Mon, 22 October, 2018
⯆ JUMP TO RECIPE
The first time I made it, we had people staying for the weekend. We all went out for food, or I cooked, and at one or two occasions (several, to be honest) we had proper cream tea with freshly baked scones and the homemade clotted cream. As I calculated afterwards, between the six of us we consumed a litre of double cream over that weekend.
But I’ll tell you, that was not the time to count calories or worry about arteries. The cream (albeit marginally overbaked and thus christened ‘the clot’) was divine. Okay – scones and jam not too shabby either, but The Clot was the star of the gig.
It’s amazing how simple it is to make: well, you have to have an electric oven that will keep super-low temperature consistently and you have to run it for the whole day. But other than that, it’s basically baking cream and not, as I imagined, some mystic Cornish process involving collecting dew drops of crème-de-la-crème at dawn.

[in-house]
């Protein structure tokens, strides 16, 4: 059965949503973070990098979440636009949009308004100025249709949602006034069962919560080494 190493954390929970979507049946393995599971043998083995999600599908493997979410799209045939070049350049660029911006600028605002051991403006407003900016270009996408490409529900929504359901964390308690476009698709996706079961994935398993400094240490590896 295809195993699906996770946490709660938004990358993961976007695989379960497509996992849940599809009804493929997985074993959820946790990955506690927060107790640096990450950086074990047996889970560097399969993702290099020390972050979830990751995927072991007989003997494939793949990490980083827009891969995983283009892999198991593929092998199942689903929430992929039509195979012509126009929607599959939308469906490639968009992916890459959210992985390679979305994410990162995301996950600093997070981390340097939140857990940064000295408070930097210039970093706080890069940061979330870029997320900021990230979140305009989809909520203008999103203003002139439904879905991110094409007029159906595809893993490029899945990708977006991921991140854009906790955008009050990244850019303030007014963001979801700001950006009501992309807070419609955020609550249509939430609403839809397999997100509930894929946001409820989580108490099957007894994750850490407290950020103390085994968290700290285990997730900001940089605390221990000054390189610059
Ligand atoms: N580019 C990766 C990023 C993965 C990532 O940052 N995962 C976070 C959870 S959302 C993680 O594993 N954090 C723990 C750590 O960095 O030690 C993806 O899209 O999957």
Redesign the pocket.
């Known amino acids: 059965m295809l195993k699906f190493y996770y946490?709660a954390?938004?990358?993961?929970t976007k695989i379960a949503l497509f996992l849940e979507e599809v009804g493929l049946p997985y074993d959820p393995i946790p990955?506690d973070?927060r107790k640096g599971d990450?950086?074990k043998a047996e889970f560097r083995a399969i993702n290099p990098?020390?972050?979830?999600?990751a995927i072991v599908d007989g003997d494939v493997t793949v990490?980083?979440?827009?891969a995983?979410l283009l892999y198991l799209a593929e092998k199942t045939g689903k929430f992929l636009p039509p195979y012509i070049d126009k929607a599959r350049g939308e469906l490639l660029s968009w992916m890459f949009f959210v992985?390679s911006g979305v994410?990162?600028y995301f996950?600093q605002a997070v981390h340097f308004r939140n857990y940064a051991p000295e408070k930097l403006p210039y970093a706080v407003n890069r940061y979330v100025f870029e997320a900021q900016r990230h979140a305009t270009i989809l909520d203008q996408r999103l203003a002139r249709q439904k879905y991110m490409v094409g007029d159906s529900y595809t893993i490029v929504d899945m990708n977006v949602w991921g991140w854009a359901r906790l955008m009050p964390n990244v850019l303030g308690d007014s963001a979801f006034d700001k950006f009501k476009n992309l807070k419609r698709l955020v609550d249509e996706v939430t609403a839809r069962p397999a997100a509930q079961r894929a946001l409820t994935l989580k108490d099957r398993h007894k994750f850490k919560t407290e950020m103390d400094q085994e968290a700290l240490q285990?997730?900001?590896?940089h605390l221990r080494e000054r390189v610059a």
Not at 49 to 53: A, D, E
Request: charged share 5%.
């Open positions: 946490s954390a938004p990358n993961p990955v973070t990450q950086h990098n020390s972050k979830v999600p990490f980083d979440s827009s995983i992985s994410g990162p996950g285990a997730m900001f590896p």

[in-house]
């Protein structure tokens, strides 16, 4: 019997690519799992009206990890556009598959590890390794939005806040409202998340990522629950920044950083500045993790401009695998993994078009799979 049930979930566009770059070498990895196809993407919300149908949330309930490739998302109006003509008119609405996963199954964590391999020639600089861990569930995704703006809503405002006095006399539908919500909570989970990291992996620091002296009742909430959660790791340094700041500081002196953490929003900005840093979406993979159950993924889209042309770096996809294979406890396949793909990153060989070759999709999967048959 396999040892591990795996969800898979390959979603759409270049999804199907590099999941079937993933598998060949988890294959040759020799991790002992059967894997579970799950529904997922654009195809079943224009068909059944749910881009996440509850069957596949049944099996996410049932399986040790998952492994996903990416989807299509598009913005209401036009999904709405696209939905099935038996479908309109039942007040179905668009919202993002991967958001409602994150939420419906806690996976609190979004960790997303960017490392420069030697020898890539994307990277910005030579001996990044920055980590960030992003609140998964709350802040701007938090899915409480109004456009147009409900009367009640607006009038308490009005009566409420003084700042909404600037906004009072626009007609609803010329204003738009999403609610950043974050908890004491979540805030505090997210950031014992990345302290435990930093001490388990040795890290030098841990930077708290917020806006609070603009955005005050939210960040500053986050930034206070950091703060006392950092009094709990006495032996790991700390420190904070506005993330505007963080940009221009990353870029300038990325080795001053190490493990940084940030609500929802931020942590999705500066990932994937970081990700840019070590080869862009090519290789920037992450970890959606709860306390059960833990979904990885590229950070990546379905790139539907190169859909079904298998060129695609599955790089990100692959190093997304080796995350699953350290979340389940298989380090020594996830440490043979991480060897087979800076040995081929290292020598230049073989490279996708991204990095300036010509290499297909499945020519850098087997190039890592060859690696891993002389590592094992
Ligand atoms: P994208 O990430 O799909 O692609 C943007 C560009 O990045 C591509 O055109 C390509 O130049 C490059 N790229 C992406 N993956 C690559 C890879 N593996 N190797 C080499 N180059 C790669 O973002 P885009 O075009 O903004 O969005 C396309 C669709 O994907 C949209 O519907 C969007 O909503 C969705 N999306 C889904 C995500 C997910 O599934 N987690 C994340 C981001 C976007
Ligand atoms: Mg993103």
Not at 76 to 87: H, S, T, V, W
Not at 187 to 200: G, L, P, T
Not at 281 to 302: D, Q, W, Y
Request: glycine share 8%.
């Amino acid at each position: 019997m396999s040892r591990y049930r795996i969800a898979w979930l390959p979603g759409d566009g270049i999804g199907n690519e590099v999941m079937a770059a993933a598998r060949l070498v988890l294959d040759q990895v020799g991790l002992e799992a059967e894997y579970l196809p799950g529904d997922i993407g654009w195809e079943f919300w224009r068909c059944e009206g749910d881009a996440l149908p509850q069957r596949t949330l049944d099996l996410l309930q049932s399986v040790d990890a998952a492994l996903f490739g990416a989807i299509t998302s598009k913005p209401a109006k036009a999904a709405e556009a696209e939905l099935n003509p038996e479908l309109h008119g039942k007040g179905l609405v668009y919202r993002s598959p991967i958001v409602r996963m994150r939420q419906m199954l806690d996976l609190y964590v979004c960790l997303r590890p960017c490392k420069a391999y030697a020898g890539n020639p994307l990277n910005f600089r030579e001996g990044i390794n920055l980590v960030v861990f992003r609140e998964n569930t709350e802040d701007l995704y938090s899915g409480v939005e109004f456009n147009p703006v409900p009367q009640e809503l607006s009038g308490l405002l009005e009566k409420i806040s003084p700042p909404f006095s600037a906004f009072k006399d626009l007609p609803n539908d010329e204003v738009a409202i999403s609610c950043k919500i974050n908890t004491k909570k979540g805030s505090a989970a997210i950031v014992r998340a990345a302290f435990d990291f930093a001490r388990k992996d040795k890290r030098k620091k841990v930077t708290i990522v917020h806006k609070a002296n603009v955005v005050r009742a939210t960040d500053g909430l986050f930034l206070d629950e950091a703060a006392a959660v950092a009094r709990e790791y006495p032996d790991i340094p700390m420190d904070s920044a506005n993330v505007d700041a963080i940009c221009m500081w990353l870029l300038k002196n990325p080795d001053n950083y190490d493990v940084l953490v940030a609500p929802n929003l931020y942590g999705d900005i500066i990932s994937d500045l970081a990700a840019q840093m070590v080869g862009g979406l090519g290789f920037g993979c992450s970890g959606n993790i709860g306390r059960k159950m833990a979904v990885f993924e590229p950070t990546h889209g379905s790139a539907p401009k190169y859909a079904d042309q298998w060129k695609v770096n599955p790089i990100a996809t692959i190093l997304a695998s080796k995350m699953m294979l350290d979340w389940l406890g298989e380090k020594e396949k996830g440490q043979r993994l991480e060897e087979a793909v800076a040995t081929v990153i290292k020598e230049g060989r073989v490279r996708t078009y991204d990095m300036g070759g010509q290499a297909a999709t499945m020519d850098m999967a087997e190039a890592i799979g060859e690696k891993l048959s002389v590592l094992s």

Just be careful with it. My advice is, do a small quantity unless you have an army round for cream tea. It will. All. Go. In a (too fast!) heartbeat.
clotted creamServings: makes about a cup of clotted creamTime: 12 hours plus chilling
- 300ml (1 ¼ cup) double cream, or any desired amount
- scones and jam to serve, obviously
1. The timing requires to keep the oven on for the whole night. If you're worried to leave it on overnight, set the cream first thing in the morning and it will be baked at the end of the day; it can then be chilled overnight.
2. Pour the cream into a shallow dish so it’s no more than 3cm/1in deep. Place it in the oven set to 80-85C/175-185F and leave for 10-12 hours – it needs to set through without any liquid at the bottom so a glass or Pyrex dish is handy for this.
3. Let it cool to room temperature, cover the dish with cling film and chill in the fridge for 6-12 hours. Scrape it to a container - and dollop on scones. It will keep in the fridge for a week easily, but disappear much sooner than that.